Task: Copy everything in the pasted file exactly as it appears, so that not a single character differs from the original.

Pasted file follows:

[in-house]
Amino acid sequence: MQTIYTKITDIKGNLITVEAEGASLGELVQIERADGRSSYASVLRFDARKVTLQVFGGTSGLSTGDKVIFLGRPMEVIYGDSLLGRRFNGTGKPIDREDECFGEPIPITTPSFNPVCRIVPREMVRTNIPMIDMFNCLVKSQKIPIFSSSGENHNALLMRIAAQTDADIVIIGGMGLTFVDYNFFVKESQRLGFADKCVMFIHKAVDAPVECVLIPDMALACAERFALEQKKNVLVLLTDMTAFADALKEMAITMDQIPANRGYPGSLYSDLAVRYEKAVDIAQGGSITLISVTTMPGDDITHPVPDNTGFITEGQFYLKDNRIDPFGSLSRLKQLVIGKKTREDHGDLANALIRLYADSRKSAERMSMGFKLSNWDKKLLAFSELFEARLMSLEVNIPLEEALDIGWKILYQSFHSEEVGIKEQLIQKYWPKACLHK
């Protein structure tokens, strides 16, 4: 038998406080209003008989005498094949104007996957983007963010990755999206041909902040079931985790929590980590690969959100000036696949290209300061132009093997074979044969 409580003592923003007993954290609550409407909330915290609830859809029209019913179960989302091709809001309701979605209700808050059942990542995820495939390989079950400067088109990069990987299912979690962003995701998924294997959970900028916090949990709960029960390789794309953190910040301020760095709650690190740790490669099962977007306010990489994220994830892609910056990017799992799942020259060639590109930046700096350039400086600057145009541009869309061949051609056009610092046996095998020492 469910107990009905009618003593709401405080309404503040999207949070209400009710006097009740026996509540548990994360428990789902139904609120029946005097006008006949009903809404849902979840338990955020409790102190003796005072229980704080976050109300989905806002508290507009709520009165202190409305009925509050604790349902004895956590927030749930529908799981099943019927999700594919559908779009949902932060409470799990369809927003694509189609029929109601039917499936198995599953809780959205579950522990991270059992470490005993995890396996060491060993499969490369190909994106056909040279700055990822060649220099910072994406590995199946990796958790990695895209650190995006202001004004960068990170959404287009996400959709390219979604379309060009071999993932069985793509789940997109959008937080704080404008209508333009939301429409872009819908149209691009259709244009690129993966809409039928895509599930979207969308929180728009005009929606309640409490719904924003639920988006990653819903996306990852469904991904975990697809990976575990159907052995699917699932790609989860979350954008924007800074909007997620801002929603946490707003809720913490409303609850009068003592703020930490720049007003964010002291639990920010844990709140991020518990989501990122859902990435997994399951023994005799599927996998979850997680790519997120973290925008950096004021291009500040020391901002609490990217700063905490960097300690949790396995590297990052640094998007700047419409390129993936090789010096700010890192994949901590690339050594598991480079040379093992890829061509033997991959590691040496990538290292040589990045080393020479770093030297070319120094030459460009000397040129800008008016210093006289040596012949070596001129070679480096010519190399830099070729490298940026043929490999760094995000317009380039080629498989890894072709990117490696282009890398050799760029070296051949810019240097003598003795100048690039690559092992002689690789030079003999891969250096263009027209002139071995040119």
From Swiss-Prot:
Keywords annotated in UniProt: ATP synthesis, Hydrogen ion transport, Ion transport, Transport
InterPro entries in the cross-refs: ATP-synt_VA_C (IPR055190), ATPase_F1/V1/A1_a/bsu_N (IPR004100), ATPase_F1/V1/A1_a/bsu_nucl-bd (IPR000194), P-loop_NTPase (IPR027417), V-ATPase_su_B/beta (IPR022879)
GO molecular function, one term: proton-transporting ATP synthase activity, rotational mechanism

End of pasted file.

[in-house]
Amino acid sequence: MQTIYTKITDIKGNLITVEAEGASLGELVQIERADGRSSYASVLRFDARKVTLQVFGGTSGLSTGDKVIFLGRPMEVIYGDSLLGRRFNGTGKPIDREDECFGEPIPITTPSFNPVCRIVPREMVRTNIPMIDMFNCLVKSQKIPIFSSSGENHNALLMRIAAQTDADIVIIGGMGLTFVDYNFFVKESQRLGFADKCVMFIHKAVDAPVECVLIPDMALACAERFALEQKKNVLVLLTDMTAFADALKEMAITMDQIPANRGYPGSLYSDLAVRYEKAVDIAQGGSITLISVTTMPGDDITHPVPDNTGFITEGQFYLKDNRIDPFGSLSRLKQLVIGKKTREDHGDLANALIRLYADSRKSAERMSMGFKLSNWDKKLLAFSELFEARLMSLEVNIPLEEALDIGWKILYQSFHSEEVGIKEQLIQKYWPKACLHK
């Protein structure tokens, strides 16, 4: 038998406080209003008989005498094949104007996957983007963010990755999206041909902040079931985790929590980590690969959100000036696949290209300061132009093997074979044969 409580003592923003007993954290609550409407909330915290609830859809029209019913179960989302091709809001309701979605209700808050059942990542995820495939390989079950400067088109990069990987299912979690962003995701998924294997959970900028916090949990709960029960390789794309953190910040301020760095709650690190740790490669099962977007306010990489994220994830892609910056990017799992799942020259060639590109930046700096350039400086600057145009541009869309061949051609056009610092046996095998020492 469910107990009905009618003593709401405080309404503040999207949070209400009710006097009740026996509540548990994360428990789902139904609120029946005097006008006949009903809404849902979840338990955020409790102190003796005072229980704080976050109300989905806002508290507009709520009165202190409305009925509050604790349902004895956590927030749930529908799981099943019927999700594919559908779009949902932060409470799990369809927003694509189609029929109601039917499936198995599953809780959205579950522990991270059992470490005993995890396996060491060993499969490369190909994106056909040279700055990822060649220099910072994406590995199946990796958790990695895209650190995006202001004004960068990170959404287009996400959709390219979604379309060009071999993932069985793509789940997109959008937080704080404008209508333009939301429409872009819908149209691009259709244009690129993966809409039928895509599930979207969308929180728009005009929606309640409490719904924003639920988006990653819903996306990852469904991904975990697809990976575990159907052995699917699932790609989860979350954008924007800074909007997620801002929603946490707003809720913490409303609850009068003592703020930490720049007003964010002291639990920010844990709140991020518990989501990122859902990435997994399951023994005799599927996998979850997680790519997120973290925008950096004021291009500040020391901002609490990217700063905490960097300690949790396995590297990052640094998007700047419409390129993936090789010096700010890192994949901590690339050594598991480079040379093992890829061509033997991959590691040496990538290292040589990045080393020479770093030297070319120094030459460009000397040129800008008016210093006289040596012949070596001129070679480096010519190399830099070729490298940026043929490999760094995000317009380039080629498989890894072709990117490696282009890398050799760029070296051949810019240097003598003795100048690039690559092992002689690789030079003999891969250096263009027209002139071995040119």
From Swiss-Prot:
Keywords annotated in UniProt: ATP synthesis, Hydrogen ion transport, Ion transport, Transport
InterPro entries in the cross-refs: ATP-synt_VA_C (IPR055190), ATPase_F1/V1/A1_a/bsu_N (IPR004100), ATPase_F1/V1/A1_a/bsu_nucl-bd (IPR000194), P-loop_NTPase (IPR027417), V-ATPase_su_B/beta (IPR022879)
GO molecular function, one term: proton-transporting ATP synthase activity, rotational mechanism